The new instructional schedule means all instructors need to prepare for online and digital instruction, with in-person instruction delivery where schedules and planning permit. This agility means being prepared for concurrent use of both modalities, as well as potential rapid transitions from one mode to another. Preparing for this “new normal,” which may well last for multiple semesters (pending availability of a vaccine and effective treatments), has several practical implications for fall instruction.
1. As soon as possible, instructors should engage Teaching and Learning Technologies (TLT) and the Center for Teaching and Learning Excellence (CTLE) on pedagogical preparation and best practices for online, hybrid, and in-person instruction. TLT and CTLE are holding summer workshops and would be happy to schedule training with individual units. The appendix at the end lists upcoming workshops.
2. Develop and post your course syllabus on Canvas and the fall schedule as soon as possible, but no later than two weeks before the start of classes. All courses this fall will have an automatically created Canvas page, ready for you to add personalized content. At a minimum, for your students’ benefit, you must use Canvas for your syllabus, important communications and grades.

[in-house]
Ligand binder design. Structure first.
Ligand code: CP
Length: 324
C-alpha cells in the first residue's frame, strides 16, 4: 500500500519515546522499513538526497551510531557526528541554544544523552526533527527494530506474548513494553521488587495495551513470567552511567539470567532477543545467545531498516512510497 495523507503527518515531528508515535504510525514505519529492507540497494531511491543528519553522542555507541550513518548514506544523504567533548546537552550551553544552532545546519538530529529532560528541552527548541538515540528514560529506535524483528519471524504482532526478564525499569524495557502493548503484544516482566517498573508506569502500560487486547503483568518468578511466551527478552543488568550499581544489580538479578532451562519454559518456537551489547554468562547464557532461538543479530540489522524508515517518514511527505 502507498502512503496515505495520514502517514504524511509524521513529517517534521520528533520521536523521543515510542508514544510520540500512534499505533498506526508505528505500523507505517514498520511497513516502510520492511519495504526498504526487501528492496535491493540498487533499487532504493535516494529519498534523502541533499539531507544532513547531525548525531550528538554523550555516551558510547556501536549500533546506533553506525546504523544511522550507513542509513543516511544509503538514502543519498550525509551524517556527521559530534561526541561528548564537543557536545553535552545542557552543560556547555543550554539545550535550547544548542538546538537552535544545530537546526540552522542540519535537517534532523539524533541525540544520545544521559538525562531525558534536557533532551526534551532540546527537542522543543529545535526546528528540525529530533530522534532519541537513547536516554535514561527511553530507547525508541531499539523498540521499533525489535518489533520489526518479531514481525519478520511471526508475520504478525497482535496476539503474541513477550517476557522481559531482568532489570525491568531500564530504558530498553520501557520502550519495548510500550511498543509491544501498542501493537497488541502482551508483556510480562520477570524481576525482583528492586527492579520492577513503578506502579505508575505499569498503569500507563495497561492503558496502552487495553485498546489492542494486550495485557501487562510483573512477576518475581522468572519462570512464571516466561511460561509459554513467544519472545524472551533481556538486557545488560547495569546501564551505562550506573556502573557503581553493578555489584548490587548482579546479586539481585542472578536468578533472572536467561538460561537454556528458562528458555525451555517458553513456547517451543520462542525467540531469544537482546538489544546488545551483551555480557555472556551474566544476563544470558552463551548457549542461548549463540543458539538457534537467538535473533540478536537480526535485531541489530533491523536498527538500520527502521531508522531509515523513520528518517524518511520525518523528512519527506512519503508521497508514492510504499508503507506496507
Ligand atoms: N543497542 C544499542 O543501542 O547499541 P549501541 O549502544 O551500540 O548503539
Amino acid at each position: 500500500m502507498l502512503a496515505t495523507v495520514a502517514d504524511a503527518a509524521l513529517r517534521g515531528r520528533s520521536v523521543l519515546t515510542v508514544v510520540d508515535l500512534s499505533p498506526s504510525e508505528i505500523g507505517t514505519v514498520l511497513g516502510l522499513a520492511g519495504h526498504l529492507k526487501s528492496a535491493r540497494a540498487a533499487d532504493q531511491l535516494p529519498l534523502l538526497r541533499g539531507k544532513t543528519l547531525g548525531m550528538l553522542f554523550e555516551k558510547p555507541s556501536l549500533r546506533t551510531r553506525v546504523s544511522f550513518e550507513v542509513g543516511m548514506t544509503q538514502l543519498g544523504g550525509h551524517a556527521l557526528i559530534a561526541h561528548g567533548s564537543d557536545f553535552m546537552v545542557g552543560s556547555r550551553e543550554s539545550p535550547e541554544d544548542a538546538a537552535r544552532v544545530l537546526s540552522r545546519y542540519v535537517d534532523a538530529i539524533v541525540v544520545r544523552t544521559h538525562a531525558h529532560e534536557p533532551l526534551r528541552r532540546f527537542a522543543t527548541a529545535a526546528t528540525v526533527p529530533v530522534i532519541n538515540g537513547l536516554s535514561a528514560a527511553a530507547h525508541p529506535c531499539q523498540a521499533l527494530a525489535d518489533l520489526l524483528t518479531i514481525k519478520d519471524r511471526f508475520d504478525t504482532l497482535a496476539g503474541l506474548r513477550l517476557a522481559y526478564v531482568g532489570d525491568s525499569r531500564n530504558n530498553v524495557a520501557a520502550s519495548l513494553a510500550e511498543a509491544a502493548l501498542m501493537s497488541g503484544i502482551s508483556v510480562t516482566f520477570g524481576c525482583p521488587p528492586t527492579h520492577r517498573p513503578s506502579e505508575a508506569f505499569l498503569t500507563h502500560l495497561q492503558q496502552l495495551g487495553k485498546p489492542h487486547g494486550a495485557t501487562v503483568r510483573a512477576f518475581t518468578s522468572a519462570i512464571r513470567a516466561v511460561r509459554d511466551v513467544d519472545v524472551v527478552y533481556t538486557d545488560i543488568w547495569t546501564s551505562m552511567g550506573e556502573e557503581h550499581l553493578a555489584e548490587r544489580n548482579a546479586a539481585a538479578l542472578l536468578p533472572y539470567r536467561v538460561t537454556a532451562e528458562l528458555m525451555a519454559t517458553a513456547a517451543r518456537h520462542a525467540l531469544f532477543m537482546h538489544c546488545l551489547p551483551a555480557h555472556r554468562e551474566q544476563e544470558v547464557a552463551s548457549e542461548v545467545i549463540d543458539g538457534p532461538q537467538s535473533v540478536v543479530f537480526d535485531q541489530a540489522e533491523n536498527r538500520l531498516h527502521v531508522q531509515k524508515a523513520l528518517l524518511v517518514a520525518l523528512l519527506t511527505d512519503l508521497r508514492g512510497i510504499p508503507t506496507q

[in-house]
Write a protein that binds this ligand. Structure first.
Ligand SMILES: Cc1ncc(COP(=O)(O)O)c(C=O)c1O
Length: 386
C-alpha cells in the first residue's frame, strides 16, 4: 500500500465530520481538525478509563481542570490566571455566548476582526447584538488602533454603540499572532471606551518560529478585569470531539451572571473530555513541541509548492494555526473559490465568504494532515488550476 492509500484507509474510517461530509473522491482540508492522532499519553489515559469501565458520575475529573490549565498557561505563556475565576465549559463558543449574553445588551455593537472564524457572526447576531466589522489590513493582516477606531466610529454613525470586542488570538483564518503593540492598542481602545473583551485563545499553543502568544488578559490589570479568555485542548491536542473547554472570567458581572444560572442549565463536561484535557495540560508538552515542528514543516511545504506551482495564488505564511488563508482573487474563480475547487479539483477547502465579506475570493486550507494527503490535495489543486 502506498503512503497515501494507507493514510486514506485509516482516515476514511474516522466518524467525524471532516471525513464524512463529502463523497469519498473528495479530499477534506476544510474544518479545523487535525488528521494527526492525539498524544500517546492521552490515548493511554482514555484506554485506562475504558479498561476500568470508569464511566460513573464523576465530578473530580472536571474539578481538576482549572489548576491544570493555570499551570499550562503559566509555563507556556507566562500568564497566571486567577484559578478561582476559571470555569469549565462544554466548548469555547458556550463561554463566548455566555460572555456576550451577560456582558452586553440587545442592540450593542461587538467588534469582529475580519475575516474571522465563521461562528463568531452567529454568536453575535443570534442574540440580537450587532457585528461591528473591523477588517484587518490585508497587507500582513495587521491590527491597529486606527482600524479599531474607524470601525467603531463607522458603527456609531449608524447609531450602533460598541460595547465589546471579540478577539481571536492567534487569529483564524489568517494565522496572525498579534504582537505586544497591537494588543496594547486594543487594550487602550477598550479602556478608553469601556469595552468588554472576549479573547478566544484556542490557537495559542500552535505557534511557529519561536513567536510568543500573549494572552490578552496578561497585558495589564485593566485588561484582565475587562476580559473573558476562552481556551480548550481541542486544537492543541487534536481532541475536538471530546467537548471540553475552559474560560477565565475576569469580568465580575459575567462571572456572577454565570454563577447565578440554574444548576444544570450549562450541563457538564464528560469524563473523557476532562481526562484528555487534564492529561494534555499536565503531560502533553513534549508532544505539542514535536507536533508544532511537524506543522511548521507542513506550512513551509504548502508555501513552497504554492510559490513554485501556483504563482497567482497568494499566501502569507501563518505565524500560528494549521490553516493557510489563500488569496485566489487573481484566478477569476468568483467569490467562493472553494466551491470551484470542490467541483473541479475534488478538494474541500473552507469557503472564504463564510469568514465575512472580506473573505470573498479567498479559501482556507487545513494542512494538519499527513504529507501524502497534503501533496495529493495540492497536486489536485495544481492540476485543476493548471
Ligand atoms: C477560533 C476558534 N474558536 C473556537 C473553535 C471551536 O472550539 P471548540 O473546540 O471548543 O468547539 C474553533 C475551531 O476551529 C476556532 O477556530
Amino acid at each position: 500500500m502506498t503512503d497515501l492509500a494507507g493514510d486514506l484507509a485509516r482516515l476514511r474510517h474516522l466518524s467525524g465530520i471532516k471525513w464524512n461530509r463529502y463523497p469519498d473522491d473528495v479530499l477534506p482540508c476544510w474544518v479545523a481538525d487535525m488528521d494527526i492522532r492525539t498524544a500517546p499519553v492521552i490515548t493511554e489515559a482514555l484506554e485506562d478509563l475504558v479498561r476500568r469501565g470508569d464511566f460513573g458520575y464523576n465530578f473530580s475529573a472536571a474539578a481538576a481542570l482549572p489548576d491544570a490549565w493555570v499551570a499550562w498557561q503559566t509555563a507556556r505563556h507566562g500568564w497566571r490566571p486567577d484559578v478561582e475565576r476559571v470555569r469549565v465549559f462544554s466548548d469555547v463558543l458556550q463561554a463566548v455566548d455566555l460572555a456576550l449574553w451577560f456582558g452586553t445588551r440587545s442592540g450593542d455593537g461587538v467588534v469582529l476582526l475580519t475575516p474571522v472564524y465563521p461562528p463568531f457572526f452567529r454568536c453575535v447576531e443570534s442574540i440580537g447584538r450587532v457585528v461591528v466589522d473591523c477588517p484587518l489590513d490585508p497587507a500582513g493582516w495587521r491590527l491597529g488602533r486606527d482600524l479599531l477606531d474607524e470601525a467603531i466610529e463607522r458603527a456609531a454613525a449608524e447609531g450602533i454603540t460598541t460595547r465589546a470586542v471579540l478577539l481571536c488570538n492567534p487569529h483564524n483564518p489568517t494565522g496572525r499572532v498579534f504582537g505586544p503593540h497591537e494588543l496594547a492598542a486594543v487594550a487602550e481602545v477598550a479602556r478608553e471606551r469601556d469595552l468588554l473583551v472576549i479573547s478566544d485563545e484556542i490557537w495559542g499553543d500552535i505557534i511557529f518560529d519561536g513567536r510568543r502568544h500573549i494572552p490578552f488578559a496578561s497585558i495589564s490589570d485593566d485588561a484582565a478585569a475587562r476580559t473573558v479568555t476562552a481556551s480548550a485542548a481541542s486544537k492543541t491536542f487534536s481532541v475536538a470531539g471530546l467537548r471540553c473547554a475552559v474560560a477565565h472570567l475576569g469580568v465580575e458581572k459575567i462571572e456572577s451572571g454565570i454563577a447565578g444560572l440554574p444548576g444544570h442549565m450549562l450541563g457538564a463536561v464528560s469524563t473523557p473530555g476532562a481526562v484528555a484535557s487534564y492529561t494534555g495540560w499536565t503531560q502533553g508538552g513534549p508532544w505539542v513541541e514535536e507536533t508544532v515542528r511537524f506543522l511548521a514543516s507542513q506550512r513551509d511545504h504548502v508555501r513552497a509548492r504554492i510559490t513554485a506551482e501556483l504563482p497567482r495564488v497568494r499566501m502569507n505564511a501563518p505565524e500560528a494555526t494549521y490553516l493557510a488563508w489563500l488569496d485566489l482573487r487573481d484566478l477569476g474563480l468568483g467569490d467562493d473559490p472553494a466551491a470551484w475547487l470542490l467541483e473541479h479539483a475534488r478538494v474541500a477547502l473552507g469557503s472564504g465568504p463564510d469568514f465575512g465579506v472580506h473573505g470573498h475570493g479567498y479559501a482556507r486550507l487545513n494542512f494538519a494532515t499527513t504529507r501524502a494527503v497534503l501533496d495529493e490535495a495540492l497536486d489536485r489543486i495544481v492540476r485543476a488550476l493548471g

3. Integrate the following guidance with your syllabus:
- Face coverings are required in all in-person classes for both students AND faculty.
- Standard Language: Based on CDC guidelines, the University requires everyone to wear face coverings in shared public spaces on campus, including our classroom. As a reminder, when I wear a face covering, I am protecting you. When you wear a face covering, you are protecting me and all of your classmates. If you forget your face covering, I will ask you to leave class to retrieve it. If you repeatedly fail to wear a face covering in class, I will refer you to the Dean of Students for a possible violation of the Student Code. Note that some students may qualify for accommodations through the Americans with Disabilities Act (ADA). If you think you meet these criteria and desire an exception to the face covering policy, contact the Center for Disability and Access (CDA). Accommodations should be obtained prior to the first day of class so that I am notified by CDA of any students who are not required to wear a face covering.